OK, so there’s been much talk about ringtones on the iPhone and the fact that you can’t make them without spending more money (at least, not officially). We’ve had this piece from John Gruber and this one from MacWorld’s Dan Frakes.
For the record, I’m fairly certain that the problem isn’t Apple’s fault, and, moreover, that there isn’t anything they could do about it without landing themselves in court and/or jeopardising their iTunes business and the ecosystem based on it.
Clearly, Apple’s licenses to distribute music on the iTunes store in many cases included terms preventing it from using the music for ringtones. As far as the tracks that can be used for ringtones go, either (a) they were already permitted to make ringtones and decided to charge a small fee in an effort to show the other licensors that they would make money if they allow Apple to use their songs as ringtones, or (b) the licensors they were negotiating with insisted on a charge.
The problem here is really that Apple are stuck; fair use doesn’t cover commercial scale distribution of the kind we’re talking about with iTunes. You as an end-user may have fair-use (though don’t bet on it: not all jurisdictions have fair-use legislation… there’s a lot of mistaken coverage of this issue, particularly in the British media, who often read articles written in the U.S. and assume that the law is the same here—it isn’t). But Apple itself has contractual agreements that it needs to uphold, and the company will also want to negotiate some position on ringtones with other licensors who haven’t signed up yet.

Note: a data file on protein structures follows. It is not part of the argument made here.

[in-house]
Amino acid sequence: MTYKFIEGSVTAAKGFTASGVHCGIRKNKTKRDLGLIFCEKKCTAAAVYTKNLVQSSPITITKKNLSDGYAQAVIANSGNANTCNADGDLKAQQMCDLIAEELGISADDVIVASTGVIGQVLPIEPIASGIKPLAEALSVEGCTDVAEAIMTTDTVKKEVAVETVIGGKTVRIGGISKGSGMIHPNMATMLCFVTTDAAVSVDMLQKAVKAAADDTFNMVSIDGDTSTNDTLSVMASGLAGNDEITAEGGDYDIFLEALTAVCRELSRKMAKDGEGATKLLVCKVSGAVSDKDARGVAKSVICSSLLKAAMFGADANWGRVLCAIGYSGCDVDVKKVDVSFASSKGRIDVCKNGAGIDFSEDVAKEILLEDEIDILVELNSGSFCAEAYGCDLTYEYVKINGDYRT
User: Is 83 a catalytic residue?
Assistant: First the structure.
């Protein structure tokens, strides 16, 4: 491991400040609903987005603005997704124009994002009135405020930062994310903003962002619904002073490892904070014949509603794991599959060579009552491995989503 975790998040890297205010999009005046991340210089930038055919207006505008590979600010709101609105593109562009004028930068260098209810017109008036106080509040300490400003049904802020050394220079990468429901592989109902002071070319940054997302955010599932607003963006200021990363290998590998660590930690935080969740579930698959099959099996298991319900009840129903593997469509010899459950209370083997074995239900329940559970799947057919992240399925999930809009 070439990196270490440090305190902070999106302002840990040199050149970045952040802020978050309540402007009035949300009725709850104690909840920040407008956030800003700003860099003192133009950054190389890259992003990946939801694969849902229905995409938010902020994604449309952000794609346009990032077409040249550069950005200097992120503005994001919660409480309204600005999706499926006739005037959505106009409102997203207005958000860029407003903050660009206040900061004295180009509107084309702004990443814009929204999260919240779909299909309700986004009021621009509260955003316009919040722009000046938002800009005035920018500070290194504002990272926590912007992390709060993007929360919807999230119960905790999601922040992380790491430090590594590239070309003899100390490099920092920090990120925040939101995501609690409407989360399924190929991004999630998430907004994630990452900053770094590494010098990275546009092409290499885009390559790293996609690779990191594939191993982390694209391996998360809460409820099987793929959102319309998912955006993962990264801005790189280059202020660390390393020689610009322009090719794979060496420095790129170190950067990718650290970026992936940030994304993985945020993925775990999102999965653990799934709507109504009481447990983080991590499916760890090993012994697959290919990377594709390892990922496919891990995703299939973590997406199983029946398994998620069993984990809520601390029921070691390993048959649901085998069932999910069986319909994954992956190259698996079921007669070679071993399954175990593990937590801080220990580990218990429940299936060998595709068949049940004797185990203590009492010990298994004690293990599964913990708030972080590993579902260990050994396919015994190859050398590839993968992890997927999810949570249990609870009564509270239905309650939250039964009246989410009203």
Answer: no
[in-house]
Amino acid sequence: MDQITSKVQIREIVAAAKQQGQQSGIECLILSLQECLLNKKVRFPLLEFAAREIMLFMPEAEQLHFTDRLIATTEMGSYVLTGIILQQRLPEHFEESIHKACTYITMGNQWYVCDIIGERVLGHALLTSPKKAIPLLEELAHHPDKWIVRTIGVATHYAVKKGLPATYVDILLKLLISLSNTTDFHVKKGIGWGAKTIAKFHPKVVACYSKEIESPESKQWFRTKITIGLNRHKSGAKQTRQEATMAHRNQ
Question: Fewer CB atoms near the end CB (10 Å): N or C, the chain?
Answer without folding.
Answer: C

Of course, we all agree that the “ringtones racket” is just one big scam. Originally, the market for ringtones was created because mobile phones used piezoelectric sounders rather than speakers and could only make a variety of (rather raucous) beeping noises. As a result, you needed someone to convert a musical score into a form suitable for the phone. Obviously there is effort involved here and nobody would argue that a charge in such a situation was unreasonable.
But as mobile phones have developed, many of them have gained the ability to play any audio as a ringtone. And therein lies the problem. A “ringtone”, if it exists at all, is really a sequence of notes intended to be played by a piezoelectric buzzer or (if you were lucky) a MIDI instrument built in to your phone. Trying to label a segment of a song you already purchased as a “ringtone” and then telling you that you need to pay again to use it as such is simply unjustifiable.
(And, I might add, I’m a strong supporter of copyright and copyright holders’ ability to license their material under reasonable terms. But, yet again, the telephone industry has been caught ripping people off; only this time, the blame has been focused unfairly on Apple, who, to be frank, are in the same boat as the rest of us on this.)